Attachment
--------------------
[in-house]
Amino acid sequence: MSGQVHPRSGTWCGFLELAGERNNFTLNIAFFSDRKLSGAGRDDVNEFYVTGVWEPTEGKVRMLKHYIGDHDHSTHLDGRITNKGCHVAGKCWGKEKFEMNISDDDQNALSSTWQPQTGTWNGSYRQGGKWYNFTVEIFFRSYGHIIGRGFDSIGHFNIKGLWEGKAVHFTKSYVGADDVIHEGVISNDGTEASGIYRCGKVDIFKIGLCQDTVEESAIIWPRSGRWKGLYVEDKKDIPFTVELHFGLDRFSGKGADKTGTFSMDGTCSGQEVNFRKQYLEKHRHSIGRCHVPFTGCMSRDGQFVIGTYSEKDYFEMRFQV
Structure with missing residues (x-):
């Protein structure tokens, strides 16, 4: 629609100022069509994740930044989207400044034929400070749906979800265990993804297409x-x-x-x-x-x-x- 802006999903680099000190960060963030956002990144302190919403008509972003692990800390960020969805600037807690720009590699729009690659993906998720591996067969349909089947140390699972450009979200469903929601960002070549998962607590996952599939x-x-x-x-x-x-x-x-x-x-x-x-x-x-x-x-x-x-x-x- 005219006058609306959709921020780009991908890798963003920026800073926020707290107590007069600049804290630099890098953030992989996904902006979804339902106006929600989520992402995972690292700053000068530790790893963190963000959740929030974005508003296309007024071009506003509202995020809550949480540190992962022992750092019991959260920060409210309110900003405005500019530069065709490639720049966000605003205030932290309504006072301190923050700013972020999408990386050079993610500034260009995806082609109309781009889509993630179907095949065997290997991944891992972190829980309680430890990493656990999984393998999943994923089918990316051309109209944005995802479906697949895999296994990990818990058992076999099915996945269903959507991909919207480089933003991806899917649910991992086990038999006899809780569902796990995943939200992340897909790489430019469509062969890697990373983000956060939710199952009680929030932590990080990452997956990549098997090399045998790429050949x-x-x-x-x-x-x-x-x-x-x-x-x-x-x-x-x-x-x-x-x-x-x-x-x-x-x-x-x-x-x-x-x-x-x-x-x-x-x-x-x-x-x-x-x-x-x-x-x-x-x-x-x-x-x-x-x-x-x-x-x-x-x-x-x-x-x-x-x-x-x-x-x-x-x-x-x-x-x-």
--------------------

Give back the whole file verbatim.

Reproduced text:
[in-house]
Amino acid sequence: MSGQVHPRSGTWCGFLELAGERNNFTLNIAFFSDRKLSGAGRDDVNEFYVTGVWEPTEGKVRMLKHYIGDHDHSTHLDGRITNKGCHVAGKCWGKEKFEMNISDDDQNALSSTWQPQTGTWNGSYRQGGKWYNFTVEIFFRSYGHIIGRGFDSIGHFNIKGLWEGKAVHFTKSYVGADDVIHEGVISNDGTEASGIYRCGKVDIFKIGLCQDTVEESAIIWPRSGRWKGLYVEDKKDIPFTVELHFGLDRFSGKGADKTGTFSMDGTCSGQEVNFRKQYLEKHRHSIGRCHVPFTGCMSRDGQFVIGTYSEKDYFEMRFQV
Structure with missing residues (x-):
């Protein structure tokens, strides 16, 4: 629609100022069509994740930044989207400044034929400070749906979800265990993804297409x-x-x-x-x-x-x- 802006999903680099000190960060963030956002990144302190919403008509972003692990800390960020969805600037807690720009590699729009690659993906998720591996067969349909089947140390699972450009979200469903929601960002070549998962607590996952599939x-x-x-x-x-x-x-x-x-x-x-x-x-x-x-x-x-x-x-x- 005219006058609306959709921020780009991908890798963003920026800073926020707290107590007069600049804290630099890098953030992989996904902006979804339902106006929600989520992402995972690292700053000068530790790893963190963000959740929030974005508003296309007024071009506003509202995020809550949480540190992962022992750092019991959260920060409210309110900003405005500019530069065709490639720049966000605003205030932290309504006072301190923050700013972020999408990386050079993610500034260009995806082609109309781009889509993630179907095949065997290997991944891992972190829980309680430890990493656990999984393998999943994923089918990316051309109209944005995802479906697949895999296994990990818990058992076999099915996945269903959507991909919207480089933003991806899917649910991992086990038999006899809780569902796990995943939200992340897909790489430019469509062969890697990373983000956060939710199952009680929030932590990080990452997956990549098997090399045998790429050949x-x-x-x-x-x-x-x-x-x-x-x-x-x-x-x-x-x-x-x-x-x-x-x-x-x-x-x-x-x-x-x-x-x-x-x-x-x-x-x-x-x-x-x-x-x-x-x-x-x-x-x-x-x-x-x-x-x-x-x-x-x-x-x-x-x-x-x-x-x-x-x-x-x-x-x-x-x-x-």